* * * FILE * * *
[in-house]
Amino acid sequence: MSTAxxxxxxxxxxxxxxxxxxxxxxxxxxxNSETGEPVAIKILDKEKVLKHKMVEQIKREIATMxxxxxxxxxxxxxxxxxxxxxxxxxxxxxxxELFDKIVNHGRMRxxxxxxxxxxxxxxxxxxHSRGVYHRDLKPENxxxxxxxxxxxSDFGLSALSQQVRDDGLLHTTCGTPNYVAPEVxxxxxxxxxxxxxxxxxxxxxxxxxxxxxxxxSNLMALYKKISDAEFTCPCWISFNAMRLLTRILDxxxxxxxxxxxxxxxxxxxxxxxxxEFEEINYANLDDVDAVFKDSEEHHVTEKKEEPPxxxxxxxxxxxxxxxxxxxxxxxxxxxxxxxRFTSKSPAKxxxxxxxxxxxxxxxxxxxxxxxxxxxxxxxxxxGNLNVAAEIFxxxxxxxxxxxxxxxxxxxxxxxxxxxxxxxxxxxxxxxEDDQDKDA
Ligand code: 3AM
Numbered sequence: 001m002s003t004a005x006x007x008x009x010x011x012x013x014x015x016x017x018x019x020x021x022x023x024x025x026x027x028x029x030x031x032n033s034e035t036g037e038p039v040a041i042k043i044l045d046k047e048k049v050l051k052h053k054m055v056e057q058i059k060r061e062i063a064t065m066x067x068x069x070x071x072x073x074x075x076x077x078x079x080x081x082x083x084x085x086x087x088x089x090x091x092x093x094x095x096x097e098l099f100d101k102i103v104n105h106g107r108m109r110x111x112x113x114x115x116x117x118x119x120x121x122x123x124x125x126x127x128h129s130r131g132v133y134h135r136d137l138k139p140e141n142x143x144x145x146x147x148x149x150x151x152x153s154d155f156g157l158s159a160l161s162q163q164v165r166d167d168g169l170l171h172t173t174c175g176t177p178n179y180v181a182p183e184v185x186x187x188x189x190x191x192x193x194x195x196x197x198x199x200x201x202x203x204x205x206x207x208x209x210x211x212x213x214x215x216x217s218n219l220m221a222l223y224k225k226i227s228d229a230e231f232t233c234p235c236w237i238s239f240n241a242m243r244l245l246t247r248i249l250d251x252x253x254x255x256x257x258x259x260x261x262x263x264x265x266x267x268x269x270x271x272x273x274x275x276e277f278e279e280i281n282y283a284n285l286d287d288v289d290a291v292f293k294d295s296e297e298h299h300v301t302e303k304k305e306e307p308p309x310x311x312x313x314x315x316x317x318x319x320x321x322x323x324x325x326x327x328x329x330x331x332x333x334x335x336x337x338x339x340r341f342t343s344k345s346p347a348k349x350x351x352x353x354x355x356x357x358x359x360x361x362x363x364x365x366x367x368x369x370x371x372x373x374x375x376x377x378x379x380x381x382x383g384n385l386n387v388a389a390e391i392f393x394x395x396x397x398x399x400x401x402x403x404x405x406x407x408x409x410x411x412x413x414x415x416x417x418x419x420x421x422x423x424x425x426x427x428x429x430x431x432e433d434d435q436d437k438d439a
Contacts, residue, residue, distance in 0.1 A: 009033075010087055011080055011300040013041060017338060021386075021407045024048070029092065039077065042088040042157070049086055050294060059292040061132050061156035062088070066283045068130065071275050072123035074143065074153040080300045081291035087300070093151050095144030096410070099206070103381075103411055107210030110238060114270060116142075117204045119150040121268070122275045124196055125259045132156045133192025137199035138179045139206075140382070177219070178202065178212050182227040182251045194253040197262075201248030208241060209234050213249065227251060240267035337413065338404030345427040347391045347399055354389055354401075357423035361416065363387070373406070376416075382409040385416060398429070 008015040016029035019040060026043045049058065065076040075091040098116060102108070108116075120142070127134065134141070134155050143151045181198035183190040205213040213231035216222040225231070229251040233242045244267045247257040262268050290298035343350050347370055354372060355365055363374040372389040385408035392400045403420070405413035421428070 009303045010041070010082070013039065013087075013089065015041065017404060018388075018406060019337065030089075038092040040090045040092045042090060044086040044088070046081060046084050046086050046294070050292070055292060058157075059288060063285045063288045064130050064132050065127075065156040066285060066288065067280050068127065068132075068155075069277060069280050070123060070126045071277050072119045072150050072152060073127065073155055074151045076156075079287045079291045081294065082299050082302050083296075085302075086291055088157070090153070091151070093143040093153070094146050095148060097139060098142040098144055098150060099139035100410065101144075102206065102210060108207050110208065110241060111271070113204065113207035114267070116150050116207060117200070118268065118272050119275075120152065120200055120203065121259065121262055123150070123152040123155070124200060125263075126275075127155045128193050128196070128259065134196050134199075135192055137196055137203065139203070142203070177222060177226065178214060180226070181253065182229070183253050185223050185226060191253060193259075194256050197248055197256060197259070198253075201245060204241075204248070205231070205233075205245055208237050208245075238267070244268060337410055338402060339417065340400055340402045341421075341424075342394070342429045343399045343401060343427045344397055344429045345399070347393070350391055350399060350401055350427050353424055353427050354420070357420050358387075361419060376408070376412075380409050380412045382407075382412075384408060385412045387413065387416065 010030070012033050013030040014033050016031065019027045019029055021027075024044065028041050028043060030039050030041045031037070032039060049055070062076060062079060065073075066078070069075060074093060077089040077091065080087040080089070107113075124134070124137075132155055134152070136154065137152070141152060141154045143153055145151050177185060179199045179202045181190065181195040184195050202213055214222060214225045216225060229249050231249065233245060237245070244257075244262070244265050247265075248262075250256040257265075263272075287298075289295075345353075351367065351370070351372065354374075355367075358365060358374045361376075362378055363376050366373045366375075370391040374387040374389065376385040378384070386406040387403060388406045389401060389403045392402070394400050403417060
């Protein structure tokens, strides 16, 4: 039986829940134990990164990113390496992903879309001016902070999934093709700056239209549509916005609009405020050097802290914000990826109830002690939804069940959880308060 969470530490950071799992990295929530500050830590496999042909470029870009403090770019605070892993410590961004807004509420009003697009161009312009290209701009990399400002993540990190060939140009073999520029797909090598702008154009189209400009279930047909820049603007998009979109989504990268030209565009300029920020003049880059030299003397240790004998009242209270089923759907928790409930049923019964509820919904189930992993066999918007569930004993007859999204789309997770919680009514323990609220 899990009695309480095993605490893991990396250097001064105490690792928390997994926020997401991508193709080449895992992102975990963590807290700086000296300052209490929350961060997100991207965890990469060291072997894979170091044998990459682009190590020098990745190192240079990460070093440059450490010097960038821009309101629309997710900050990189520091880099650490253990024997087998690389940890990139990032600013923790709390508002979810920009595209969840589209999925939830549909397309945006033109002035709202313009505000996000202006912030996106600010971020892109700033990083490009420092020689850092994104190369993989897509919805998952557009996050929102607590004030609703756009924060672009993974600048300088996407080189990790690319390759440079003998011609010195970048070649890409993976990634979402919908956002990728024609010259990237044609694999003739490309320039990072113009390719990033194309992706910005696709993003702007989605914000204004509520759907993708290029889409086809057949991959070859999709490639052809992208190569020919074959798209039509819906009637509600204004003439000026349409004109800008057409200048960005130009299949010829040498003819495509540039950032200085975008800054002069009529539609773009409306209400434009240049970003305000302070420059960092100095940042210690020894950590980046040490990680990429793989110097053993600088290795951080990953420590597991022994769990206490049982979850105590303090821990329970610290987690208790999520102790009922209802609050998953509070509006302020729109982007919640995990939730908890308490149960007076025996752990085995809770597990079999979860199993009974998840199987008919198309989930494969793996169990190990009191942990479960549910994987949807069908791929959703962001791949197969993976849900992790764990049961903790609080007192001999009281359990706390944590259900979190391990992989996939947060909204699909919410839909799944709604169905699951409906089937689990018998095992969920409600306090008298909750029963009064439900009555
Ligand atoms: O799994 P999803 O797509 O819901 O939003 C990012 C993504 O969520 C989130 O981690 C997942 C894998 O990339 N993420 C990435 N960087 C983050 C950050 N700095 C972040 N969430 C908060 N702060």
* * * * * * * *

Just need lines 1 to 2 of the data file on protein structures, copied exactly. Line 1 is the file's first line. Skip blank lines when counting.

[in-house]
Amino acid sequence: MSTAxxxxxxxxxxxxxxxxxxxxxxxxxxxNSETGEPVAIKILDKEKVLKHKMVEQIKREIATMxxxxxxxxxxxxxxxxxxxxxxxxxxxxxxxELFDKIVNHGRMRxxxxxxxxxxxxxxxxxxHSRGVYHRDLKPENxxxxxxxxxxxSDFGLSALSQQVRDDGLLHTTCGTPNYVAPEVxxxxxxxxxxxxxxxxxxxxxxxxxxxxxxxxSNLMALYKKISDAEFTCPCWISFNAMRLLTRILDxxxxxxxxxxxxxxxxxxxxxxxxxEFEEINYANLDDVDAVFKDSEEHHVTEKKEEPPxxxxxxxxxxxxxxxxxxxxxxxxxxxxxxxRFTSKSPAKxxxxxxxxxxxxxxxxxxxxxxxxxxxxxxxxxxGNLNVAAEIFxxxxxxxxxxxxxxxxxxxxxxxxxxxxxxxxxxxxxxxEDDQDKDA